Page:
Wednesday, February 01, 2012
On The Artist
It'd be really easy to get all worked up about how bad this is, how it distorts not only the aesthetics of silent cinema but history itself in order to tell a pretty simple (yet still largely nonsensical) story, about how the decontextualization of of pastiches like this are indicative of the modern world's haphazard approach to history, of the elevation of ignorance to a virtue in the name of an all-out assault on elitist experts who have the temerity to know things about things.
I could complain that the movie seems to have been moved forward in time two years for the sole reason that the director seems to think it'd be funny for the lead's final silent film to be released the same day as the stock market crash. By 1927, when the film begins, talking pictures were widely seen as inevitable. Certainly by 1929, when the lead declares them a passing fad, they were an inescapable, established fact. Less egregious is the film's closing tap dance number, scored to a "Sing, Sing, Sing" style Swing number in 1932, a few years before one could reasonably expect to hear Swing music, certainly outside a Harlem club. I could also get worked up about the fact that the only sung song in the film is "Pennies from Heaven" , a wonderful song from 1936. The weirdest thing about the film is that it exists entirely in its own universe: there's never any mention of any actual films, people, studios, music, anything. It doesn't take place in our world, but one of those vaguely real counterfactual places you get in an essay by a terrible history student.
Lots of people get worked up about the Vertigo music used in the film's dramatic climax. Kim Novak got worked up about it and used the word "rape". The music is jarring, it doesn't fit the mood of the scene, though it would if the film was going in a different direction entirely, a more specific Hitchcock kind of thing where the girl is a creepy stalker or something. It would be less jarring if the rest of the score was made up of references to other movie scores, but the rest of it is just stuff that sounds vaguely like older movie scores, not the thing itself. That stuff could bother me as well, but I'd be more upset about the resolution of the scene, which goes for the tasteless Spielberg fakeout where you think something terrible is going to happen but it turns out to be a joke instead (think the shower scene in Schindler's List).
I could get worked up about the total lack of motivation for the main character, that he deals with the transition to sound in a wholly irrational way for no apparent reason. He doesn't have an obstacle to overcome, his career flounders because he refuses to make sound movies. But there's no reason for that. We're not told he has a weird voice or thick accent, which was the main reason many silent film actors couldn't make the transition. The film just assumes that silent stars couldn't be talking stars, which is simply false (one of the film's in-jokes is a quote of the famous Greta Garbo line "I want to be alone" so obviously the filmmakers are aware that there were actors who were big in both silents and talkies). A possible motivation might be an Erich von Stroheim-style ego meltdown, that he is an "Artist" who refuses to compromise his art with sound and creates a giant flop that ruins his name in Hollywood. This appears to be the approach, but we see no artistry at all in the guy's films. They appear to be nothing but silly (anachronistic, as this wasn't a genre at the time, but apparently a reference to the director and star's OSS movies) spy movies (at one point we see footage of Fairbanks's Zorro with our hero clumsily spliced in, but making him a Fairbanks figure doesn't do much for the uncompromising artist angle (Fairbanks's decline had to do with middle age and bad movies, not an unwillingness to adapt the purity of his vision (which he never really had to begin with))).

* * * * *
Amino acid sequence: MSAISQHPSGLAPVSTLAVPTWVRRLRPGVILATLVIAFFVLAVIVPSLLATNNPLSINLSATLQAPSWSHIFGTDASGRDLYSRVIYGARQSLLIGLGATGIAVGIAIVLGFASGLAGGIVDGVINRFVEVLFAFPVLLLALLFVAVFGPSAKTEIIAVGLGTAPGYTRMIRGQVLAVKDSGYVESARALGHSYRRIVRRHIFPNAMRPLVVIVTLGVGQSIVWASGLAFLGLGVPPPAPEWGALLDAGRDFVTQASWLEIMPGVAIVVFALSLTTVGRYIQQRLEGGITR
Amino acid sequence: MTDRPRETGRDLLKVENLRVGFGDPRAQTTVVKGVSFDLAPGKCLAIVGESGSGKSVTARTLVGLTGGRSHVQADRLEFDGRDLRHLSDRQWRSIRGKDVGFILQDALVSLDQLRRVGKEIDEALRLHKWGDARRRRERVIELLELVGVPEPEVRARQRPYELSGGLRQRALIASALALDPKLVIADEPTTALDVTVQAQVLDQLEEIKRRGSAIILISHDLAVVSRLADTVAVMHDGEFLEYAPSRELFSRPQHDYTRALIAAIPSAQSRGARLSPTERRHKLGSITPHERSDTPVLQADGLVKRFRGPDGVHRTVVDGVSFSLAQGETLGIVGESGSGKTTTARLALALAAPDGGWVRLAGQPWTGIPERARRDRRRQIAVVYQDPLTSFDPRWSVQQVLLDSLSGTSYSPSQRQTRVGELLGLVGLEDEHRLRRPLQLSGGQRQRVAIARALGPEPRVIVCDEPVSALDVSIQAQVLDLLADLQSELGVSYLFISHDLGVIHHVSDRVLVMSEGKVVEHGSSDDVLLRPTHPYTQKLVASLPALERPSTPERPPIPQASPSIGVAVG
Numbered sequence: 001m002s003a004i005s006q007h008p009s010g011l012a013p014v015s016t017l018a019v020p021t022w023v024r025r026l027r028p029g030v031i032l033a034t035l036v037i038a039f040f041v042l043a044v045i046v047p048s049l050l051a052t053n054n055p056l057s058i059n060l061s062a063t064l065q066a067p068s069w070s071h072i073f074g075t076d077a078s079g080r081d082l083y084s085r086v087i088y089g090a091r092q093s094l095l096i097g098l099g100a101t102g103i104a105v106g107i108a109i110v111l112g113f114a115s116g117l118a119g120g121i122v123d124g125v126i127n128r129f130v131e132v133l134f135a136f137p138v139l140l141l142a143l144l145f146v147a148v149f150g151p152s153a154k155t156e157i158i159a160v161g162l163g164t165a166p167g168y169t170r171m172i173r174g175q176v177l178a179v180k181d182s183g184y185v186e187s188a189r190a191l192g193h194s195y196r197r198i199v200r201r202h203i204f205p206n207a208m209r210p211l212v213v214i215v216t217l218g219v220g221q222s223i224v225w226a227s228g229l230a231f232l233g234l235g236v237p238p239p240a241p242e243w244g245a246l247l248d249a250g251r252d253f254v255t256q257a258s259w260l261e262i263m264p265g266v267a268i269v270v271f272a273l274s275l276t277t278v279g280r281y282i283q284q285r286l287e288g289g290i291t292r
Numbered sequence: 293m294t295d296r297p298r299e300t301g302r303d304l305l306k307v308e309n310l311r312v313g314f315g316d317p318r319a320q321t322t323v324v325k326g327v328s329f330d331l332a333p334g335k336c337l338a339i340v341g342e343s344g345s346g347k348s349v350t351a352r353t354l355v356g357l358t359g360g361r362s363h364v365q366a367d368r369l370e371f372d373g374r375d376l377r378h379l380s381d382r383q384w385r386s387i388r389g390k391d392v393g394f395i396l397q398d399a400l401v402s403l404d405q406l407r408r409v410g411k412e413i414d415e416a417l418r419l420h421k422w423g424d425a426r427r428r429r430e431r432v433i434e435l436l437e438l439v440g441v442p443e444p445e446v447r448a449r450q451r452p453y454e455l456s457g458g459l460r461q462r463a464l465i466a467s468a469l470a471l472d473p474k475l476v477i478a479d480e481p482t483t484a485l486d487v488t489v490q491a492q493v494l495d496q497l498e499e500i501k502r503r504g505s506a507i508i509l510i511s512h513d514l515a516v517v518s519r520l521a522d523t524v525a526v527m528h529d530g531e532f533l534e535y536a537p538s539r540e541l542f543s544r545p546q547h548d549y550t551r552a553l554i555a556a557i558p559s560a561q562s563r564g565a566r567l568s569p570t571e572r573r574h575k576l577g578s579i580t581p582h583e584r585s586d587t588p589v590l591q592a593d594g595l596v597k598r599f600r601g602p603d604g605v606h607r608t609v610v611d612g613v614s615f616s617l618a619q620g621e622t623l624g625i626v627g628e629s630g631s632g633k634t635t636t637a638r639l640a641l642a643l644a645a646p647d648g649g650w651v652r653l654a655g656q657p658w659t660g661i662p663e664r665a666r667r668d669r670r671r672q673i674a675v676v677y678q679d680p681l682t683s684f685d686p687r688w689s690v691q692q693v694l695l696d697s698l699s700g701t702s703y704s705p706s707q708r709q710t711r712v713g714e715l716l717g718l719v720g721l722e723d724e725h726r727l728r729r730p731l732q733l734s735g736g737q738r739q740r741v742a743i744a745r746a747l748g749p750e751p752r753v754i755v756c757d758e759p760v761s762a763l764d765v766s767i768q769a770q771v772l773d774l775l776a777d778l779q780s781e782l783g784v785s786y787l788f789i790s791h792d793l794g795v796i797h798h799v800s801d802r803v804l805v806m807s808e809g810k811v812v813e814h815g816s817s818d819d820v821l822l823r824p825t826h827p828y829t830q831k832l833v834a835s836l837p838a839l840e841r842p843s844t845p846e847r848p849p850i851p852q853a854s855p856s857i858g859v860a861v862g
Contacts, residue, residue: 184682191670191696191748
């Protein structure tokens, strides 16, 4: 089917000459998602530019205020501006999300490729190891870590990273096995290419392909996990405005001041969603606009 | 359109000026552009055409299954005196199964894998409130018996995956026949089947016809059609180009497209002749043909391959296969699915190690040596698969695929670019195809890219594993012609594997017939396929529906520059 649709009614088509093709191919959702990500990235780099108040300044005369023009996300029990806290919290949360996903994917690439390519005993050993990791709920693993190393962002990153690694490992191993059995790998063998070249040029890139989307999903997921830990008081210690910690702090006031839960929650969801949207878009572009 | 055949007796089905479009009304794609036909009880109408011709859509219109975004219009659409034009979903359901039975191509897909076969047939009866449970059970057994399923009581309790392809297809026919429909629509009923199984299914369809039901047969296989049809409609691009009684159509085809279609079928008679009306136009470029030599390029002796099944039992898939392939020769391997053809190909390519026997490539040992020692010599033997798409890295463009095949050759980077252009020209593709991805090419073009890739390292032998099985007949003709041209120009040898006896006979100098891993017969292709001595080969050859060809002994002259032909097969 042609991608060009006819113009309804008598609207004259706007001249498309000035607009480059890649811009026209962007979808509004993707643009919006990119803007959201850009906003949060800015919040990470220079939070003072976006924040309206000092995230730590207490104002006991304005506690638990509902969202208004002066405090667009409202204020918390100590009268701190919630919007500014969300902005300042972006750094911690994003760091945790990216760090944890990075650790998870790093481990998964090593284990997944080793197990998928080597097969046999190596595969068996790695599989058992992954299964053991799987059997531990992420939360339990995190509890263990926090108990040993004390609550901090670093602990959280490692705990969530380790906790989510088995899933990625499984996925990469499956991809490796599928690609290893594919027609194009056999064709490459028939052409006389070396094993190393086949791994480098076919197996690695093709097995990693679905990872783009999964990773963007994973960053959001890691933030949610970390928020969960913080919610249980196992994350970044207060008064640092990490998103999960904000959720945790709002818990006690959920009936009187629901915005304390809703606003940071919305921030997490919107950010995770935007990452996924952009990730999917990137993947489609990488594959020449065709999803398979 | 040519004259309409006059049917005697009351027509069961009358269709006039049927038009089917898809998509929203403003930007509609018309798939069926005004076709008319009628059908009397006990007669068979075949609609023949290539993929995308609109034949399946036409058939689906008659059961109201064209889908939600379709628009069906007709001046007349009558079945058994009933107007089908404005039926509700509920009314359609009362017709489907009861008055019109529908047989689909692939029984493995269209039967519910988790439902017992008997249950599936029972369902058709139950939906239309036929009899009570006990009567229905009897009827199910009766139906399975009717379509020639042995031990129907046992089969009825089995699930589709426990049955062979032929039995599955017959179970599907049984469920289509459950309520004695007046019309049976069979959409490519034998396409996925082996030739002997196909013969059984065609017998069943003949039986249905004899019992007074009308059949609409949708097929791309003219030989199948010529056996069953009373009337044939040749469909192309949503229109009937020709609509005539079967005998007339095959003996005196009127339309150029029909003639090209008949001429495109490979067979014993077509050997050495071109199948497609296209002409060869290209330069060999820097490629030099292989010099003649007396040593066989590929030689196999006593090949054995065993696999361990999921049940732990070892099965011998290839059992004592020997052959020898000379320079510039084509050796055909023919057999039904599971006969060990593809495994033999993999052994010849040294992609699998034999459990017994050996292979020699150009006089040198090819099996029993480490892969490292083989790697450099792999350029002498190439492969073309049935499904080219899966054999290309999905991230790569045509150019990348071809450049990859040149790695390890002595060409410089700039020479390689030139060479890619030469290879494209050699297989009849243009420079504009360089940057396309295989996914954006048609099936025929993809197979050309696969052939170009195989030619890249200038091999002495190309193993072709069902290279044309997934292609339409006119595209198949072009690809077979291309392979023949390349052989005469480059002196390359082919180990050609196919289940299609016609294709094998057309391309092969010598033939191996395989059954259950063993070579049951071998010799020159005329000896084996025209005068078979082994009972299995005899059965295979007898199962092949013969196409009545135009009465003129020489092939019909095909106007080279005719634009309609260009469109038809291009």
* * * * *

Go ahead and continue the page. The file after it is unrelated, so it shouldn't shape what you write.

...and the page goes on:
Anyway, I could get all worked up about all of that, but there's really no reason to. It's a light, at times effervescent film with some really wonderful moments (the Borzage-referencing jacket scene is one of the loveliest things I've seen in quite awhile) and what appears to be a genuine affection for film history. It's a pleasant, cute film with some charming actors and a talented dog and to call it any less than that is to judge it as something it's not intended to be. There's no reason to get worked up about it because there's no reason to take it that seriously. No one takes it seriously, right? Right?